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For 2D polygonal meshes, the QuadEdge and HalfEdge data structure representations are sufficient to store and enable efficient query of all topological and incidence information. Are there compact and efficient data structures for 3D polyhedral meshes? I know there has been some recent work on compact representations for tetrahedral meshes, like, for example SOT. I don't know enough about these to know if they generalize to unstructured non-tetrahedral meshes.

I can imagine that half-edges might generalize to half-faces with associated half-edges, but it seems like that is a lot of data to store, and there might be more compact representations. I should add that I really only care about retrieving facet information (like which facets are on the boundary, which facets belong to a certain cell); the edge incidence information is not as useful.

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up vote 7 down vote accepted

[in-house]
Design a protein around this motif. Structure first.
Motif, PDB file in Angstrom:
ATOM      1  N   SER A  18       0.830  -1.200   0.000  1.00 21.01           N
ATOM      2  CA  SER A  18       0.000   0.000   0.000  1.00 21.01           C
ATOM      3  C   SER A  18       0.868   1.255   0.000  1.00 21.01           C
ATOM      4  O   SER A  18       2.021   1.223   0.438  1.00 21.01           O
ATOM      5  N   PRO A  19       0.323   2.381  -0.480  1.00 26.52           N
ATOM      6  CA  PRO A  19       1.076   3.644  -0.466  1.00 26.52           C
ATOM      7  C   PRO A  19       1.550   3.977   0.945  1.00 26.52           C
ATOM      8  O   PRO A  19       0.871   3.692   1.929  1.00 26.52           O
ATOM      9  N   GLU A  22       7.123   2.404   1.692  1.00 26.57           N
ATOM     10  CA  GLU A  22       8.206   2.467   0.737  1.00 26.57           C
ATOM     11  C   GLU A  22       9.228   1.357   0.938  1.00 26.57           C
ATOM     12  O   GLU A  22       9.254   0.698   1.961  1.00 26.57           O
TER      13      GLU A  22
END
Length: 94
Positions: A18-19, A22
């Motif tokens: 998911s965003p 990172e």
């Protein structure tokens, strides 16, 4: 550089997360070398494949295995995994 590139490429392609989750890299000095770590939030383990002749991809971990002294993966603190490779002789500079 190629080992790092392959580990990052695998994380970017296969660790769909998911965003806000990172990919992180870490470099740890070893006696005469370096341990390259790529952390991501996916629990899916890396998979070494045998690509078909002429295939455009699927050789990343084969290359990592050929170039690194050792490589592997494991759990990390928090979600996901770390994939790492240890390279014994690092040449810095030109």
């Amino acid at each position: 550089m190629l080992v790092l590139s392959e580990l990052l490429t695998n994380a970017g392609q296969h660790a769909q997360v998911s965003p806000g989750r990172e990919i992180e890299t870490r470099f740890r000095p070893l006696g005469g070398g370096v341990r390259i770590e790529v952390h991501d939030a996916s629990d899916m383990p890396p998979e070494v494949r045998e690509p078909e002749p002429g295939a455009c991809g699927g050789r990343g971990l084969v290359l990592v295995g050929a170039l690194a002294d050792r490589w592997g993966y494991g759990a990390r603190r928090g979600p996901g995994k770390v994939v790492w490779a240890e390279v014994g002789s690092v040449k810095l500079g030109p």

There is an extension of half-edge in any dimension, called darts in combinatorial maps. There are two packages in CGAL allowing to use these combinatorial maps in any dimension (see here for combinatorialMaps and here for LinearCellComplex).

You can use this data structure to represent any Quasi manifold orientable subdivided 3D object. Quoting from CGAL webpage(section 2.4 Combinatorial Map Properties):

A quasi-manifold object is defined as:

A dD quasi-manifold is an object obtained by taking some isolated d-cells, and allowing to glue d-cells along (d-1)-cells.

and orientable as:

It is orientable if it is possible to embed it in the Euclidean space and to define a global "left" and "right" direction in each point of the embedded object.

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How does this compare with Dobkin & Laszlo's FacetEdge representation? That seems to be the only other thing I can find. –  Victor Liu Dec 20 '12 at 21:37
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They are equivalent. In FacetEdge representation, there are mainly 3 functions: clock, Enext and Fnext; and in a 3D combinatorial map, there are 3 functions $\beta_1$, $\beta_2$ and $\beta_3$. –  gdamiand Dec 21 '12 at 8:36
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Note that this site is about computer science, not library implementations. As such, we appreciate answers who contain ideas and concepts, not just references to implementations. –  Raphael May 28 at 14:13

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